"Researchers are hopeful about the potential for a novel agent in high-risk prostate cancer" states Tony Berberabe, MPh in his published article for Cure Magazine on June 23rd, 2016
New prostate cancer drugs come to market quite rarely because the studies mandated by the FDA cost hundreds of millions of dollars. The FDA requires these studies to randomly allocate men into two comparison groups. One group receives the new medicine being tested. The other group gets an ineffective fake, called a placebo. Assuming the study is performed in an acceptable manner, the FDA will approve a new drug for commercial use, only if the men who are receiving the new medicine outlive those treated with the placebo by a specified margin without excessive toxicity.
Studies designed to evaluate the effectiveness of surgery for prostate cancer take a long time to perform because prostate cancer grows much slower than other cancers. Since it is primarily in older men, mortality from unrelated causes—other cancers, heart disease and simply old age—frequently occurs before the prostate cancer progresses enough to impair health.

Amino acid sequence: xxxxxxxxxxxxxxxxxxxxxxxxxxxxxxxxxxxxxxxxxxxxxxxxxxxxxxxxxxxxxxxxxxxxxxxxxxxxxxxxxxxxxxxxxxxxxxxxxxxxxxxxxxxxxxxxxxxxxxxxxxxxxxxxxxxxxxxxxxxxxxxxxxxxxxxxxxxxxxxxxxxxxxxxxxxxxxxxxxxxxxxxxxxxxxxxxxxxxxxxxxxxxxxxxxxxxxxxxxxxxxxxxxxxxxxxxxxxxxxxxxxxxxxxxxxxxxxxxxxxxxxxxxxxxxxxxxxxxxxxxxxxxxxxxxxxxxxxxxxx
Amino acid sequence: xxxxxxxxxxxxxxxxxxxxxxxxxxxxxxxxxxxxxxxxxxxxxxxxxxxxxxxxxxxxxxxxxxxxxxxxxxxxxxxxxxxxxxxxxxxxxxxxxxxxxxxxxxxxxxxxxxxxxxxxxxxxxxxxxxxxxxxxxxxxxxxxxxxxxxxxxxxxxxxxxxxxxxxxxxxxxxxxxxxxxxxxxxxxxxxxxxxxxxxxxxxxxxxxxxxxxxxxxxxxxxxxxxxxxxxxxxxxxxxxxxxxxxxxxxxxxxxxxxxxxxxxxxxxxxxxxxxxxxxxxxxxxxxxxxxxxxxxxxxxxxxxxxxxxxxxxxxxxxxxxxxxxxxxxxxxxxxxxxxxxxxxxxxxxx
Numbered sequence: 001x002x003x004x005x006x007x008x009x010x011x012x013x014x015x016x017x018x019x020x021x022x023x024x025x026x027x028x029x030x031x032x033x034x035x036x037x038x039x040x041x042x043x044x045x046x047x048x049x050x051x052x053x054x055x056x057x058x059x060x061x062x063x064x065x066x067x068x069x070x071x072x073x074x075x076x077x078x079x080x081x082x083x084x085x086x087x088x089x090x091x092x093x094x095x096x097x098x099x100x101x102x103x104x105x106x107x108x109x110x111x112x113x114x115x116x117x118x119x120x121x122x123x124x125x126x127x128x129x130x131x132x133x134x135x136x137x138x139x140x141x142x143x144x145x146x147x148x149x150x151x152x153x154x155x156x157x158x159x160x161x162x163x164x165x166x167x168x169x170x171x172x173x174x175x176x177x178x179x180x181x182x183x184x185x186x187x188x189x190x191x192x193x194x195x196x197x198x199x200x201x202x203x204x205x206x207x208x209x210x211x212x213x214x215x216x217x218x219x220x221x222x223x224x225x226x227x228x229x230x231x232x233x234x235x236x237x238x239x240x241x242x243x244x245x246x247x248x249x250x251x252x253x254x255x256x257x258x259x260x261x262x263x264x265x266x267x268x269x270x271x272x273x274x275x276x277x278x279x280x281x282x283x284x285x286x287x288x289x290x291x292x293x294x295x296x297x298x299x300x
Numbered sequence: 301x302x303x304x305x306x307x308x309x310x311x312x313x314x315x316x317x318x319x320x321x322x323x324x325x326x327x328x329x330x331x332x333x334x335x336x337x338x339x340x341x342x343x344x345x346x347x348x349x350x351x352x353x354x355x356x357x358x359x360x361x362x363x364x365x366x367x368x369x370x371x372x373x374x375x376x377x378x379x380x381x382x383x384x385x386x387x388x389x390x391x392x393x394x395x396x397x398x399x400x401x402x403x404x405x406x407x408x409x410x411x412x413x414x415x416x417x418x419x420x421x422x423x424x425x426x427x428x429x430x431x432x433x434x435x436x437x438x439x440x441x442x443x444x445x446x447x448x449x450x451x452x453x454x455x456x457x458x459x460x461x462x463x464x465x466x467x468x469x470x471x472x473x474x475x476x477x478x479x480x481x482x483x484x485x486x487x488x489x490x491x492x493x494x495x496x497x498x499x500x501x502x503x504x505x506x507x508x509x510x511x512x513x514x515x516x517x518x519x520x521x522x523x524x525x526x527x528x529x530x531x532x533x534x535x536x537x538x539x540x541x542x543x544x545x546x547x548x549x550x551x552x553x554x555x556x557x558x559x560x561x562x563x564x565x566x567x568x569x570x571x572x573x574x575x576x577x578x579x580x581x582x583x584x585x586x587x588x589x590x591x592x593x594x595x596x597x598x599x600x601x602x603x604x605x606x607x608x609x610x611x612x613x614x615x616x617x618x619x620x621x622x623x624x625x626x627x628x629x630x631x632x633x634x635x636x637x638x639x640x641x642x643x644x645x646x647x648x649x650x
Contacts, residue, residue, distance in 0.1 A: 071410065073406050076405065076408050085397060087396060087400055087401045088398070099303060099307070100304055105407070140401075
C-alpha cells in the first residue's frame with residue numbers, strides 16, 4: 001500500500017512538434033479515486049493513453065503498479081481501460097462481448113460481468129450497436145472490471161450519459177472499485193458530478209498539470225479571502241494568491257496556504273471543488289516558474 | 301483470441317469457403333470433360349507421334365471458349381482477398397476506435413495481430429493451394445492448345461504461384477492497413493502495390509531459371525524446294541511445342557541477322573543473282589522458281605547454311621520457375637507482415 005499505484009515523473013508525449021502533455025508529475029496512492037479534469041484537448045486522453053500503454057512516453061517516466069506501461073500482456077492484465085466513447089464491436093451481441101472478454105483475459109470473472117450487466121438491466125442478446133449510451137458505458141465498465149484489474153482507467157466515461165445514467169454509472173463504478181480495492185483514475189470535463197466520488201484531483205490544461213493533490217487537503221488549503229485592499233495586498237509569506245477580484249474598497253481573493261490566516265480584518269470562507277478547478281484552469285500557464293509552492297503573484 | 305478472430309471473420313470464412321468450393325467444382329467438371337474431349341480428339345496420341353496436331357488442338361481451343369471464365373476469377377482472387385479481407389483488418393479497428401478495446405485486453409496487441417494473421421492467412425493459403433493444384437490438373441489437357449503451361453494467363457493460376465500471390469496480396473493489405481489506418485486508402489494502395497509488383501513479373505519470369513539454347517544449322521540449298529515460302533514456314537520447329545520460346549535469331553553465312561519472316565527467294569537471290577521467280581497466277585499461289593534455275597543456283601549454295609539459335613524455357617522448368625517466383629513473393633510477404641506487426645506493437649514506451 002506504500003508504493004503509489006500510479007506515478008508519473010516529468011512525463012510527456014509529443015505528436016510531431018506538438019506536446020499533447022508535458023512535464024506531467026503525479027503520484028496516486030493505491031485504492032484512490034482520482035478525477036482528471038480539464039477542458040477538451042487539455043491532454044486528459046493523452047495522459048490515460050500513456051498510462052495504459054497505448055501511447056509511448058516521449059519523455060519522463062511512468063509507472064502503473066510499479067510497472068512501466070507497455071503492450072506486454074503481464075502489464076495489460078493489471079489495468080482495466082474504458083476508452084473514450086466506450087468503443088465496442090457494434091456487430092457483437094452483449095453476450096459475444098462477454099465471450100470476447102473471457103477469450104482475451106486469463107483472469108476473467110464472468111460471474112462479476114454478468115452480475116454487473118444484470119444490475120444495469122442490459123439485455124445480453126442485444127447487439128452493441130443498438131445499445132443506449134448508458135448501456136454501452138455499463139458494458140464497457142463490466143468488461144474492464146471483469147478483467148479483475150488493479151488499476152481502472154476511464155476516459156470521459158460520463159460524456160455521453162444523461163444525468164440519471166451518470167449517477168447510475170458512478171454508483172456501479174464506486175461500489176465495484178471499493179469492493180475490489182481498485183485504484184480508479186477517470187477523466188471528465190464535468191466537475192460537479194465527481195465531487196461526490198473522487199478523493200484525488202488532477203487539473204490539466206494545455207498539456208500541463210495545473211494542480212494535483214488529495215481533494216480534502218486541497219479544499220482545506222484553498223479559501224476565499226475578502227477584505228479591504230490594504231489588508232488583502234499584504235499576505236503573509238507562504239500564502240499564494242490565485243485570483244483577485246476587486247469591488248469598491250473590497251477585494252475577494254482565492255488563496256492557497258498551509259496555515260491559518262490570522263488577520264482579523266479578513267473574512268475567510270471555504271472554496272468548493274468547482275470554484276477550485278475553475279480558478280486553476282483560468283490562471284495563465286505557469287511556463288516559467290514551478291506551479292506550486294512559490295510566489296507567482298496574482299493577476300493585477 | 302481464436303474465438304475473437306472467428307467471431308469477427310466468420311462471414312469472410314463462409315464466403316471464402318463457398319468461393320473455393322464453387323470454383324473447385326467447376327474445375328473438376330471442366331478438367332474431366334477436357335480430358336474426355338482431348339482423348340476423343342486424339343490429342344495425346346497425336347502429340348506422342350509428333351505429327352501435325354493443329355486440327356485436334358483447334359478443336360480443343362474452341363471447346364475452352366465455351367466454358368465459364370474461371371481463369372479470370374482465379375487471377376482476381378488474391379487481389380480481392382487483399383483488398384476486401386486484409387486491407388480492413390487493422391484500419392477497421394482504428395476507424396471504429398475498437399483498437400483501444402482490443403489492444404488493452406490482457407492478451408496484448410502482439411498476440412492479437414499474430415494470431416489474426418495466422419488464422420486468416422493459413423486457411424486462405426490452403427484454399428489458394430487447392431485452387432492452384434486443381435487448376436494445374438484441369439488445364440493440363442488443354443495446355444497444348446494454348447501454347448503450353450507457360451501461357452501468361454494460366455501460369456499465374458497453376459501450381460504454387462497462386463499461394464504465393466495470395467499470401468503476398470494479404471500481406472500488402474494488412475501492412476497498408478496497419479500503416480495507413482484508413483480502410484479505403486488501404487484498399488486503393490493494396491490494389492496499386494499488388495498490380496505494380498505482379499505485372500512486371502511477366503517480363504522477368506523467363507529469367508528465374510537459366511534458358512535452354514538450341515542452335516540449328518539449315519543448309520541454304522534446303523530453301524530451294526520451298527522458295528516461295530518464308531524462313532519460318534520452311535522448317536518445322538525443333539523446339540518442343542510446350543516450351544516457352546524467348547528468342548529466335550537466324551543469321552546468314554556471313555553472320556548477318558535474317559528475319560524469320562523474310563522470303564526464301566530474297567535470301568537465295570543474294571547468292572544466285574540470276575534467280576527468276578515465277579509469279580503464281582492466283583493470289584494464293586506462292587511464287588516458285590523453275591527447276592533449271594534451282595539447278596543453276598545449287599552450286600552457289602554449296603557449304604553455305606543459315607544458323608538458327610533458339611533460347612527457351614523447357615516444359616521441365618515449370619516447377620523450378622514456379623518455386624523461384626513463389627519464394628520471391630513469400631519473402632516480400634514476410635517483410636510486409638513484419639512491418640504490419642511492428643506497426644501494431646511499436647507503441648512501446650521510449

According to the National Cancer Institute, African Americans may have the highest rates of prostate cancer in the world. Furthermore, black men often develop the disease at a younger age than white men, and the cancer is often more aggressive.
The term "adjuvant" means treatment “added to” the primary or initial treatment. When the primary treatment is surgery, even when all detectable disease is removed, there remains a statistical risk that the cancer will return due to microscopic cancer cells left behind. Men with high-risk features such as extra-prostatic extension or high Gleason score face a higher risk of recurrence.